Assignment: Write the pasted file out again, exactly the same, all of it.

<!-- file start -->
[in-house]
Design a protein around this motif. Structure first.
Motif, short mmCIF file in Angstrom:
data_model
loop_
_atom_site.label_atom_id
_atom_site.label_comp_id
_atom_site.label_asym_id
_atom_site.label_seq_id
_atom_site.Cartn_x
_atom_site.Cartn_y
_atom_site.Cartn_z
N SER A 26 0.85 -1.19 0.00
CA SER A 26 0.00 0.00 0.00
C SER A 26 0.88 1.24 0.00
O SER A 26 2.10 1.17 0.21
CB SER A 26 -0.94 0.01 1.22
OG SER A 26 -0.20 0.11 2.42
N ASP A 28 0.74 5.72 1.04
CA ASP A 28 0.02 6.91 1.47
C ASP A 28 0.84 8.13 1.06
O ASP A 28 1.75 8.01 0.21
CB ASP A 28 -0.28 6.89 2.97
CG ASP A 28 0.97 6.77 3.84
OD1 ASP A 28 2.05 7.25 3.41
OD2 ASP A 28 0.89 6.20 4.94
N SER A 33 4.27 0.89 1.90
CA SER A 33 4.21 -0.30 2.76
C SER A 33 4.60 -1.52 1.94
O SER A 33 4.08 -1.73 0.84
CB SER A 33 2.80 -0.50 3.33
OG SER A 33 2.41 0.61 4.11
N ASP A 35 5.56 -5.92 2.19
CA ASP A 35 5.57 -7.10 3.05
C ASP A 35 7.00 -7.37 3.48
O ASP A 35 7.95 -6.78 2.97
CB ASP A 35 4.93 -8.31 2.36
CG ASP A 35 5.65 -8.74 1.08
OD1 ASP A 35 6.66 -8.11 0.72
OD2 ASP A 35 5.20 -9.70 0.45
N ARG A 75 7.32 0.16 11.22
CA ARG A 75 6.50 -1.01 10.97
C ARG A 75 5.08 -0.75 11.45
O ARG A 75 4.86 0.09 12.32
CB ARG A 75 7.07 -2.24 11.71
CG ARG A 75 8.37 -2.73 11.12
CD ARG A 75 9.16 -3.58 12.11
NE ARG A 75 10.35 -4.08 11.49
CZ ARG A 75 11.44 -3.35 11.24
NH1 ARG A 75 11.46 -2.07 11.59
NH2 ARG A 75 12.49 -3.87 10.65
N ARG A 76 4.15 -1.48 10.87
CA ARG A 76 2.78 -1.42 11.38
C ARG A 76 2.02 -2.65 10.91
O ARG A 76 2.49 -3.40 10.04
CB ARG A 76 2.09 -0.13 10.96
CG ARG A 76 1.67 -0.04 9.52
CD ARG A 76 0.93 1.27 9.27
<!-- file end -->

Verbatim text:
[in-house]
Design a protein around this motif. Structure first.
Motif, short mmCIF file in Angstrom:
data_model
loop_
_atom_site.label_atom_id
_atom_site.label_comp_id
_atom_site.label_asym_id
_atom_site.label_seq_id
_atom_site.Cartn_x
_atom_site.Cartn_y
_atom_site.Cartn_z
N SER A 26 0.85 -1.19 0.00
CA SER A 26 0.00 0.00 0.00
C SER A 26 0.88 1.24 0.00
O SER A 26 2.10 1.17 0.21
CB SER A 26 -0.94 0.01 1.22
OG SER A 26 -0.20 0.11 2.42
N ASP A 28 0.74 5.72 1.04
CA ASP A 28 0.02 6.91 1.47
C ASP A 28 0.84 8.13 1.06
O ASP A 28 1.75 8.01 0.21
CB ASP A 28 -0.28 6.89 2.97
CG ASP A 28 0.97 6.77 3.84
OD1 ASP A 28 2.05 7.25 3.41
OD2 ASP A 28 0.89 6.20 4.94
N SER A 33 4.27 0.89 1.90
CA SER A 33 4.21 -0.30 2.76
C SER A 33 4.60 -1.52 1.94
O SER A 33 4.08 -1.73 0.84
CB SER A 33 2.80 -0.50 3.33
OG SER A 33 2.41 0.61 4.11
N ASP A 35 5.56 -5.92 2.19
CA ASP A 35 5.57 -7.10 3.05
C ASP A 35 7.00 -7.37 3.48
O ASP A 35 7.95 -6.78 2.97
CB ASP A 35 4.93 -8.31 2.36
CG ASP A 35 5.65 -8.74 1.08
OD1 ASP A 35 6.66 -8.11 0.72
OD2 ASP A 35 5.20 -9.70 0.45
N ARG A 75 7.32 0.16 11.22
CA ARG A 75 6.50 -1.01 10.97
C ARG A 75 5.08 -0.75 11.45
O ARG A 75 4.86 0.09 12.32
CB ARG A 75 7.07 -2.24 11.71
CG ARG A 75 8.37 -2.73 11.12
CD ARG A 75 9.16 -3.58 12.11
NE ARG A 75 10.35 -4.08 11.49
CZ ARG A 75 11.44 -3.35 11.24
NH1 ARG A 75 11.46 -2.07 11.59
NH2 ARG A 75 12.49 -3.87 10.65
N ARG A 76 4.15 -1.48 10.87
CA ARG A 76 2.78 -1.42 11.38
C ARG A 76 2.02 -2.65 10.91
O ARG A 76 2.49 -3.40 10.04
CB ARG A 76 2.09 -0.13 10.96
CG ARG A 76 1.67 -0.04 9.52
CD ARG A 76 0.93 1.27 9.27